Application Guidance: Fault Detection and Diagnostic Systems
Identifying the specific functional capabilities desired for an FDD technology is important, however it is just as important to integrate FDD into organizational processes and business practices – an FDD tool that is not well-utilized will have limited benefits. Applying FDD can be broken into planning, procurement and implementation phases. Outlined below are recommendations on the use of FDD technologies within an organization during the planning, procurement, configuration, implementation and training phases.
Planning for an FDD implementation generally requires an organization to set goals, establish roles and responsibilities, understand organizational conditions, define the activities to meet those goals, and develop a business case. The planning effort for FDD should specify what information will be collected, how it will be used (and by whom), how often it will be used, and how it will be acted upon.
The information gained using FDD can be relevant to many departments within an organization, so it requires working with stakeholders across the organization. The planning process that is presented here can be applied to both existing and new buildings, however, much of the detailed guidance is most relevant to existing buildings, campuses, and building portfolios. Best practices for the planning phase of FDD are as follows:
Define high priority systems for monitoring. Narrow the focus of monitoring to the more critical systems and issues. Identify the problems that facility staff have with these systems. Ensure that the FDD minimum functional specifications and additional functionalities will be able to address these issues.
Facility staff roles and responsibilities need to be well defined. Successful implementations typically have a strong internal technology champion who supports and encourages regular use of the tool throughout the organization. At the facilities and operational level, staff roles and responsibilities should be aligned with use of the tool, and enough time allocated to permit a thorough data review. Management can encourage proactive use of the data by including FDD analyses in regular operational and energy management tasks (and Key Performance Indicators), and by taking leadership in installing a performance-based, data-driven approach to operations.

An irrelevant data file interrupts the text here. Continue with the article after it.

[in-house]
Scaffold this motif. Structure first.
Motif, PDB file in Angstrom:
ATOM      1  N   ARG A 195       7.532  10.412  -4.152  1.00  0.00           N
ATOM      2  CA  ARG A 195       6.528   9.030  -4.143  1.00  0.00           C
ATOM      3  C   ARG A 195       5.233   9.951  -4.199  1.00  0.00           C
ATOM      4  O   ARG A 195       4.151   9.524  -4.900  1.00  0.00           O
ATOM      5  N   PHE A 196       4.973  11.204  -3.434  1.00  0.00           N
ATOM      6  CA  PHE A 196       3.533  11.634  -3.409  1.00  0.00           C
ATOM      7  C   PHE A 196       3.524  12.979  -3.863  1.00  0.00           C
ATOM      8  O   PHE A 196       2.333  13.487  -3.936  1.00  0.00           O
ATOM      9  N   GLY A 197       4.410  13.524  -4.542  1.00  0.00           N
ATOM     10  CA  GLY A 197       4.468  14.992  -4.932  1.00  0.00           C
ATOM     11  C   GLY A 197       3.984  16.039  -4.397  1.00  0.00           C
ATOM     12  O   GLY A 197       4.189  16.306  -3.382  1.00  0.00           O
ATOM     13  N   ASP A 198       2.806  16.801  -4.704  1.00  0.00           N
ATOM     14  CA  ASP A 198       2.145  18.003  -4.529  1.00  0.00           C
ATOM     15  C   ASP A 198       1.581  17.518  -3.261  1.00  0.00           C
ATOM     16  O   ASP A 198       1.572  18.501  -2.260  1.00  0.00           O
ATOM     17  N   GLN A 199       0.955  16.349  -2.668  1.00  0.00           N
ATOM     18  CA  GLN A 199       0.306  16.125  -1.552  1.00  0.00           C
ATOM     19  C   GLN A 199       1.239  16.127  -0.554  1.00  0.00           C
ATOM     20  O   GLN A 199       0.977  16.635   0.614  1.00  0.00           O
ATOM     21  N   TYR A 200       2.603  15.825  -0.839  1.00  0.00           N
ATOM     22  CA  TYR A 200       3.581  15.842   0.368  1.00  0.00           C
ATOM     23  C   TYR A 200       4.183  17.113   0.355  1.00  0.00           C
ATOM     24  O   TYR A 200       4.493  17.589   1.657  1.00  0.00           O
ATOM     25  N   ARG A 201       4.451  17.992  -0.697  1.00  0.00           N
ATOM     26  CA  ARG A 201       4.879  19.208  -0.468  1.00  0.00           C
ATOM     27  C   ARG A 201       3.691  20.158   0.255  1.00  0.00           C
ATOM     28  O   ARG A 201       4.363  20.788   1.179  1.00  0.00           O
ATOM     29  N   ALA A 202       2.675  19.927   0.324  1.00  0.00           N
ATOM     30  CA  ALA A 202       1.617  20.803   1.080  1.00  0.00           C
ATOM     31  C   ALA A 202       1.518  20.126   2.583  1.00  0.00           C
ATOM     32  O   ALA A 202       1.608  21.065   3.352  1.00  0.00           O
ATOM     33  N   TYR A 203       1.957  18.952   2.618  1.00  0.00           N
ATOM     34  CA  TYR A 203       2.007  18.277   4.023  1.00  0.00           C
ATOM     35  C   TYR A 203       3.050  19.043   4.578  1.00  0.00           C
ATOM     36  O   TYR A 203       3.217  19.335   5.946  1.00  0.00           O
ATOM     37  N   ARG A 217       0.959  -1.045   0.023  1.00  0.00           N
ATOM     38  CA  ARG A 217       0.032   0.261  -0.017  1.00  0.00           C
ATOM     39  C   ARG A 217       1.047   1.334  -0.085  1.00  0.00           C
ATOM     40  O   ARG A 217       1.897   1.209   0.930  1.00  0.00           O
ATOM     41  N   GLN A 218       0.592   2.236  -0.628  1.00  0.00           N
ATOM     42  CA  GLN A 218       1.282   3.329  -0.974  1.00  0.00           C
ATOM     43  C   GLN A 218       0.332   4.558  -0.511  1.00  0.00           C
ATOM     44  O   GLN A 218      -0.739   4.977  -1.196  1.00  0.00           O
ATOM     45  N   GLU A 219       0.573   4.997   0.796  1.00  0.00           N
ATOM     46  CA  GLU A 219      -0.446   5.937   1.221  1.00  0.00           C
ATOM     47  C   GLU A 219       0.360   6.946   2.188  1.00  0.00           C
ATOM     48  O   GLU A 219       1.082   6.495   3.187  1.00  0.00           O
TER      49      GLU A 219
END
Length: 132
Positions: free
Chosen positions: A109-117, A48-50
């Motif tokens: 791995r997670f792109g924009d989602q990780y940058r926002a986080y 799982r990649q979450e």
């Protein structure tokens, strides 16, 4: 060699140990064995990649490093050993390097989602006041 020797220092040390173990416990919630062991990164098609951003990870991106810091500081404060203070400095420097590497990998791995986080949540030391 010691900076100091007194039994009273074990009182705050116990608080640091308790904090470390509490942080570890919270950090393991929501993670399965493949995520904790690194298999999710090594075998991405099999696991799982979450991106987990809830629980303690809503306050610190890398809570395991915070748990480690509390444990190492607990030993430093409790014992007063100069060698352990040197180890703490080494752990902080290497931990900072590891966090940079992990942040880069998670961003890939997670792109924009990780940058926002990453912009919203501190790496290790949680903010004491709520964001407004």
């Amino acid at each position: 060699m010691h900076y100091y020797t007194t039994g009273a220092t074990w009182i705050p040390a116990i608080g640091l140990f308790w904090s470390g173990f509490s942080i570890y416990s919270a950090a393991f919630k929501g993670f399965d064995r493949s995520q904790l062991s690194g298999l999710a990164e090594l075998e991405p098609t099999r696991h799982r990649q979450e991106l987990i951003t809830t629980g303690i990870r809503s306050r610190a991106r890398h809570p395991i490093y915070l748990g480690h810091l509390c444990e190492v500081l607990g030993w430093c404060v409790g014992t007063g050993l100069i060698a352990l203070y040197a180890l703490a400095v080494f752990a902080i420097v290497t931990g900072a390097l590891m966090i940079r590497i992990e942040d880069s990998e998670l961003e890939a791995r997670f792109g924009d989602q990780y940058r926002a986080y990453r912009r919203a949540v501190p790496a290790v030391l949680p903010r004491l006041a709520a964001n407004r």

Carefully consider building system information. A list of existing metering and monitoring infrastructure in the request for proposals (RFP) will help proposers scope the project and estimate costs. For example, some FDD solutions use existing BAS points, but gateways for communication may need to be added. By contrast, some FDD tools require installing additional sensors.
Review the BAS control points and sequences of operation. Understand the existing control strategy and facilitate the point mapping between the BAS and the planned FDD technology.
Create a Monitoring Action Plan (MAP). This is a key document for defining the analysis that will occur during FDD usage. The MAP can provide facility operators with a quick reference guide on what will be tracked in order to ensure the HVAC system’s operation performance over time.
Create a training plan. Define training for new and existing staff on using FDD, and conduct required training when system settings are changed. The topics of the training plan will include CFR (Current Facility Requirements) and control sequences of operation, sensor calibration, troubleshooting data quality issues, FDD capabilities and navigation. Additionally, training facility staff to streamline the FDD practices to system’s operation and maintenance is important as well.
To successfully implement and utilize FDD technology, multiple aspects need to be considered when procuring an FDD product. In addition to the technical capabilities of the FDD technology, there are also non-technical considerations that prospective users of FDD should factor into their decision-making processes. These considerations have implications for the technology’s overall fit with the organization/business, its facilities, and the quality of service that is likely to be provided.